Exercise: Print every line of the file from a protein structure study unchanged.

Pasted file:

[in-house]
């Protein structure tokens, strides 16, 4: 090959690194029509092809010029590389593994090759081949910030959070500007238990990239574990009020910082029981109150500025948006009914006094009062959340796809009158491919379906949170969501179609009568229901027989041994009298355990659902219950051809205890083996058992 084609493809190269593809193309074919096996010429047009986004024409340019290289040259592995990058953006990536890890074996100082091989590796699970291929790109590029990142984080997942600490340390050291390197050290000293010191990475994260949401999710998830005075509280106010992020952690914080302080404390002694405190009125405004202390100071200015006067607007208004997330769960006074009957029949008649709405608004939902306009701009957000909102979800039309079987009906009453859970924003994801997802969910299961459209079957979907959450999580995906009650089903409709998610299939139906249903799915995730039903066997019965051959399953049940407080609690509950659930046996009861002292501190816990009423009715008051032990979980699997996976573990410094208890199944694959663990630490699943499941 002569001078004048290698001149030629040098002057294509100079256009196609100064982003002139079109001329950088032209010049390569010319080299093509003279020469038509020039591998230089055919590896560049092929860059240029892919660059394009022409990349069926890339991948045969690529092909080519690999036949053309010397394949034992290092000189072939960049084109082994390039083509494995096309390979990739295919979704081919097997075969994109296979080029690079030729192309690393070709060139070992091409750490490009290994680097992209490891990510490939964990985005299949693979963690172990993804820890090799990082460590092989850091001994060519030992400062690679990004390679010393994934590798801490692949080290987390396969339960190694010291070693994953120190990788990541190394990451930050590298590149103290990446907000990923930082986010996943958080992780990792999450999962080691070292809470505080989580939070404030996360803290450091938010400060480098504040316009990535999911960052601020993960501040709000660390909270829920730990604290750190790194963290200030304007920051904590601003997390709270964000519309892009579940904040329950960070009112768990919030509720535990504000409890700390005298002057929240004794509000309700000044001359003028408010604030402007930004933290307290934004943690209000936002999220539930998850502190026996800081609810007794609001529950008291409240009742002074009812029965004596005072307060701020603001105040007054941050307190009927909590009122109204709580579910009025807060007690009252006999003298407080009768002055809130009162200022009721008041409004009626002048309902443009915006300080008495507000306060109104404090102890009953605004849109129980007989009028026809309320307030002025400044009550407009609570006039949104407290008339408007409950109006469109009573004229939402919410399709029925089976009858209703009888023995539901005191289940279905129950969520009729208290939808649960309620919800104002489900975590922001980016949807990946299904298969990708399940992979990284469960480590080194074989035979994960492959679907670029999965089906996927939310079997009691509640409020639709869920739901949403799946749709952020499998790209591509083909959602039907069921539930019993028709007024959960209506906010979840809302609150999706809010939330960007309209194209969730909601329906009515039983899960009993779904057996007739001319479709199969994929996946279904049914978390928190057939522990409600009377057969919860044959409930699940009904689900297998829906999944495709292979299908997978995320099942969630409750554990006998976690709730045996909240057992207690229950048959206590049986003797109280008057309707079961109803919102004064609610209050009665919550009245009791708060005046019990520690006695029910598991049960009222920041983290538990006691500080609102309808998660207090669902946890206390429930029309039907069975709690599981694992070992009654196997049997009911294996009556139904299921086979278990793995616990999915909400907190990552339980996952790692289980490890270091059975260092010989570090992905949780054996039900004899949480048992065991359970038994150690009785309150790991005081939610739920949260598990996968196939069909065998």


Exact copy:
[in-house]
């Protein structure tokens, strides 16, 4: 090959690194029509092809010029590389593994090759081949910030959070500007238990990239574990009020910082029981109150500025948006009914006094009062959340796809009158491919379906949170969501179609009568229901027989041994009298355990659902219950051809205890083996058992 084609493809190269593809193309074919096996010429047009986004024409340019290289040259592995990058953006990536890890074996100082091989590796699970291929790109590029990142984080997942600490340390050291390197050290000293010191990475994260949401999710998830005075509280106010992020952690914080302080404390002694405190009125405004202390100071200015006067607007208004997330769960006074009957029949008649709405608004939902306009701009957000909102979800039309079987009906009453859970924003994801997802969910299961459209079957979907959450999580995906009650089903409709998610299939139906249903799915995730039903066997019965051959399953049940407080609690509950659930046996009861002292501190816990009423009715008051032990979980699997996976573990410094208890199944694959663990630490699943499941 002569001078004048290698001149030629040098002057294509100079256009196609100064982003002139079109001329950088032209010049390569010319080299093509003279020469038509020039591998230089055919590896560049092929860059240029892919660059394009022409990349069926890339991948045969690529092909080519690999036949053309010397394949034992290092000189072939960049084109082994390039083509494995096309390979990739295919979704081919097997075969994109296979080029690079030729192309690393070709060139070992091409750490490009290994680097992209490891990510490939964990985005299949693979963690172990993804820890090799990082460590092989850091001994060519030992400062690679990004390679010393994934590798801490692949080290987390396969339960190694010291070693994953120190990788990541190394990451930050590298590149103290990446907000990923930082986010996943958080992780990792999450999962080691070292809470505080989580939070404030996360803290450091938010400060480098504040316009990535999911960052601020993960501040709000660390909270829920730990604290750190790194963290200030304007920051904590601003997390709270964000519309892009579940904040329950960070009112768990919030509720535990504000409890700390005298002057929240004794509000309700000044001359003028408010604030402007930004933290307290934004943690209000936002999220539930998850502190026996800081609810007794609001529950008291409240009742002074009812029965004596005072307060701020603001105040007054941050307190009927909590009122109204709580579910009025807060007690009252006999003298407080009768002055809130009162200022009721008041409004009626002048309902443009915006300080008495507000306060109104404090102890009953605004849109129980007989009028026809309320307030002025400044009550407009609570006039949104407290008339408007409950109006469109009573004229939402919410399709029925089976009858209703009888023995539901005191289940279905129950969520009729208290939808649960309620919800104002489900975590922001980016949807990946299904298969990708399940992979990284469960480590080194074989035979994960492959679907670029999965089906996927939310079997009691509640409020639709869920739901949403799946749709952020499998790209591509083909959602039907069921539930019993028709007024959960209506906010979840809302609150999706809010939330960007309209194209969730909601329906009515039983899960009993779904057996007739001319479709199969994929996946279904049914978390928190057939522990409600009377057969919860044959409930699940009904689900297998829906999944495709292979299908997978995320099942969630409750554990006998976690709730045996909240057992207690229950048959206590049986003797109280008057309707079961109803919102004064609610209050009665919550009245009791708060005046019990520690006695029910598991049960009222920041983290538990006691500080609102309808998660207090669902946890206390429930029309039907069975709690599981694992070992009654196997049997009911294996009556139904299921086979278990793995616990999915909400907190990552339980996952790692289980490890270091059975260092010989570090992905949780054996039900004899949480048992065991359970038994150690009785309150790991005081939610739920949260598990996968196939069909065998």